If you are a diver, don’t stop there! Watch it with your fellow divers to see if you get ideas from the Reef Rescuers to safeguard your patch of reef! Connect & invite them on the Reef Rescuers Facebook Events page at https://www.facebook.com/events/320722658059225/. Remember to use the Red Button on your Astro remote control during viewing to get more info, chat on Twitter, see an info feed, or check out their other giveaways.

After you surf over to join the quiz, you can also look around for ways to keep Malaysia green or engage in sustainable living. If you prefer to check out the best places for scuba diving or cool places to travel to, have a look at the conversations on the Discovery Southeast Asia Facebook page at https://www.facebook.com/DiscoverySEAsia. There’s always something cool to discover every day!

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The Astro Kasih’s team and the divers commemorating their extraordinary achievement with a group photo. Amongst them is my NAUI Course Director, Michael Tong!

Seashell Underwater Housing for Your iPhone & Camera

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Imagine being able to take your camera with you no matter what the weather is like. On days when you want to take snapshots of your trip to the beach or the waterfalls, you no longer need to worry about getting wet or destroying your gadget. You can even protect your camera when you go cycling, jungle trekking, kayaking or while attending wet festivals such as Songkran in Thailand and La Tomatina in Spain! Now there’s a manufacturer who has come out with a universal underwater housing for your compact camera as well as a dedicated housing for iPhone users. If you have brands of compact cameras like Nikon, Samsung, Sony, Canon, Panasonic, Olympic, Fujifilm, Leica, Casio, Sanyo, Ricoh, Pentax, Kodak, BenQ, Haier, Polaroid, Rollei, Yashica, GE then you would most definitely have your camera housed.

Configuration is quite simple but needs a little understanding of the structure of your camera & how it will fit inside your Seashell SS1 or SS2 housing. Generally, if you have a compact camera that has a protruding zoom lens, then go for the SS1. If your camera has a flat lens & a shutter closure, then get the SS2 housing. I needed a fuss-free option where I can keep a camera on me, so that I won’t have to miss any whaleshark sightings should I be conducting the Advanced Scuba Diver course or any other courses except entry level dive courses (which is prohibited in the standards to carry a camera). This housing fits snugly into my dive shorts pocket. I secure the lanyard to a carabiner which is clipped inside my pocket’s D-ring. The Pentax Optio RS1500 that I had won in the My Selangor Story 2011 blogging competition was a perfect candidate for this pretty housing. Since I have different cameras for different purposes, I use this as my back up underwater system.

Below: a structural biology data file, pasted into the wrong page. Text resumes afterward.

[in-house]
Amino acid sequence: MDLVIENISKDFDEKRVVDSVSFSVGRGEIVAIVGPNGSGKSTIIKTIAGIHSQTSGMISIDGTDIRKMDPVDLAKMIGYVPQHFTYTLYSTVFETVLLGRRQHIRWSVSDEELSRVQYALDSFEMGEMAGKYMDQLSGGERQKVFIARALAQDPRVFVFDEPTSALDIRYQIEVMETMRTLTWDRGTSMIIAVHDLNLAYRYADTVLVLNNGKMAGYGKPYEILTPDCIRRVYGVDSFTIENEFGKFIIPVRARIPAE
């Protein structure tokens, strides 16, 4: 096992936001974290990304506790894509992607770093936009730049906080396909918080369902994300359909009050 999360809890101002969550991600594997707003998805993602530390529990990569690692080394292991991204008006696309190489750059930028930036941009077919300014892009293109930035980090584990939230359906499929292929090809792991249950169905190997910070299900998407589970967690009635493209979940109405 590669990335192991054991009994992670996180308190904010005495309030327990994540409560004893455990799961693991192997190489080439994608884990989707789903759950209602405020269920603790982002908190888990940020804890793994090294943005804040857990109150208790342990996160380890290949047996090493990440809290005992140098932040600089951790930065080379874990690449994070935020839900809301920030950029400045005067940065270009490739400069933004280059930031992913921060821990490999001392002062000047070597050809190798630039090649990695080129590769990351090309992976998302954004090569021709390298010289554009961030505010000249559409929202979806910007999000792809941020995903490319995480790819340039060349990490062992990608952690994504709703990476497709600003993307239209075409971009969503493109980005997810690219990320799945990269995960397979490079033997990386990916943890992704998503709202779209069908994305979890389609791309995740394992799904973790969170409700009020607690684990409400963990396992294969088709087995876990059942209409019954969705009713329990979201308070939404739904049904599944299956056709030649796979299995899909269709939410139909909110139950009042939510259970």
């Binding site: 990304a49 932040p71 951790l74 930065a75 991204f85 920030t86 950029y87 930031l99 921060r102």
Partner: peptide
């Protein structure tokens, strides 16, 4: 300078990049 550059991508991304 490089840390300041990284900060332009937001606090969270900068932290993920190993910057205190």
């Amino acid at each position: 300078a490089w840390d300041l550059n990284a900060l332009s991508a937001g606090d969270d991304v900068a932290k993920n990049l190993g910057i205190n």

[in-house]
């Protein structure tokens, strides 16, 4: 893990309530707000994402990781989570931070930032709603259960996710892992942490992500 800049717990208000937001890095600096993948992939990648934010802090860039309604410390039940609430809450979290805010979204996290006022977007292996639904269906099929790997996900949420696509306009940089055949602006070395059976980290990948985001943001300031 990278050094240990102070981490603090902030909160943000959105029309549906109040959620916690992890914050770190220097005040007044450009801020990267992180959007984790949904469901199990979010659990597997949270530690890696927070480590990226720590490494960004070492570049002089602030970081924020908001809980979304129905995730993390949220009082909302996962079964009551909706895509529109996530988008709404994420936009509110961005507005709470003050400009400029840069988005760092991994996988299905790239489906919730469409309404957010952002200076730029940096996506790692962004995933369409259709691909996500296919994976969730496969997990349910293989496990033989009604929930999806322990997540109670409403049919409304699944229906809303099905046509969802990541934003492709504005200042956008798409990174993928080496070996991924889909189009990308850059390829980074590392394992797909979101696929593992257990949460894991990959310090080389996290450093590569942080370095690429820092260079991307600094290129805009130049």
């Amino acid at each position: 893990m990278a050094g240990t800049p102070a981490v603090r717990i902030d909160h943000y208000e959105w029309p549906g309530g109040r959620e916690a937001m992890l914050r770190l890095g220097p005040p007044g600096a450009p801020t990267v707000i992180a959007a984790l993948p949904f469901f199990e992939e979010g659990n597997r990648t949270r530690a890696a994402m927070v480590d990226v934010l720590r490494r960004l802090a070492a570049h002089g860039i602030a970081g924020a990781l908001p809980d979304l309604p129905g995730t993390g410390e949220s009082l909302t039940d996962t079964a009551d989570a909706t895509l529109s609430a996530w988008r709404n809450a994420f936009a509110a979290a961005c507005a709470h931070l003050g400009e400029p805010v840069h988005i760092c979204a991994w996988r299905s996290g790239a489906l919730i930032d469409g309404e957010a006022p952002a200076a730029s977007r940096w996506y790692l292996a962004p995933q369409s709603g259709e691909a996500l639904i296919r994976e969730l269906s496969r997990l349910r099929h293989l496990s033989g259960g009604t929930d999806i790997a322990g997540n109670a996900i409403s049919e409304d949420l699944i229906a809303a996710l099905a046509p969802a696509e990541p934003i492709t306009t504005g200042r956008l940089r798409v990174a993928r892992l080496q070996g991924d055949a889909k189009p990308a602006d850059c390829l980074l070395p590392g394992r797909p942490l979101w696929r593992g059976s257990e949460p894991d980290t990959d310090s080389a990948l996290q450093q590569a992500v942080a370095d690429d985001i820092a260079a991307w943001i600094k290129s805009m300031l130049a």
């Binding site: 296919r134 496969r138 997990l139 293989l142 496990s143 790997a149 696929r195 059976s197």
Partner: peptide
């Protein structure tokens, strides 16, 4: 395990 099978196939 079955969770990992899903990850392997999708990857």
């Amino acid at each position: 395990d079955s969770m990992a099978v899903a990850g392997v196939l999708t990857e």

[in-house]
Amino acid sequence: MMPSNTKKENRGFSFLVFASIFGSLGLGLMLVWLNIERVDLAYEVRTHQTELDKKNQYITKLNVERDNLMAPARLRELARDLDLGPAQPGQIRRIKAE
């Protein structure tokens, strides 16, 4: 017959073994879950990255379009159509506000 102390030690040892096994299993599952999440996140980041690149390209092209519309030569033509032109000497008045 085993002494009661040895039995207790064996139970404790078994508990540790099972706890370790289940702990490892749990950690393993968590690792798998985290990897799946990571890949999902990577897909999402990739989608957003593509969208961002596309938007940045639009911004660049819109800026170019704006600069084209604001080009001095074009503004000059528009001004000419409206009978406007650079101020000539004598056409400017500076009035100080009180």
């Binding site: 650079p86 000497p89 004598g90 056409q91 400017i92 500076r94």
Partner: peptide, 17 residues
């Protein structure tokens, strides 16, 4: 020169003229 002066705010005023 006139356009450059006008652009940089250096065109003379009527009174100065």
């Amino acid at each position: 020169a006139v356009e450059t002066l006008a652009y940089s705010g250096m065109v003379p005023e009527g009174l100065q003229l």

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The fitting of the fishtails (silicon pads) was a bit tricky even with the supplied template that you are suppose to measure your camera against. I basically gauged which fishtail should cushion the bottom & applied some guesswork to which goes onto the side wall slots. Put them all into a ziplock bag to prevent losing them over time. They can be used again if you change cameras & need a re-fitting. After placing my camera inside, I took the sponge frame to fit over the display panel of the camera with the sticky side facing up before gently closing the door. Once it caught on, I pressed the sponge into place & voila! My casing is ready to go into the water!

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Here are some point & shoot pictures taken with it.

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During a night dive where my torch was my primary light that doubled up as my subject finder!

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A lionfish or two, lurking on the reef.


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A Chromodoris reticulata (nudibranch) at Sri Nakhoda, Tenggol.

Seashell is the world first Universal Water Proof Camera Case. Seashell can be configured to fit hundreds of different compact digital camera models. e.g. GE, Nikon, Sony, Canon, Panasonic, Olympic, Fujifilm, Leica, Casio, Sanyo, Ricoh, Pentax, Kodak, Samsung, BenQ, Haier, Polaroid, Rollei, Yashica and many more. You can now safely bring your camera to the beach, waterfalls, water themed parks & river cruise or lakes for swimming, and even to water festivals and not get it wet.
        

        Comes with the configuration kit.
        40m water-proof.
        Operate down to -10 degrees Celsius.
        1M Shock Proof.
        IP6X Dust Proof.
        Hard case design, provide better protection against shocks, dust and sand.
        Fashionable design with multiple colour options.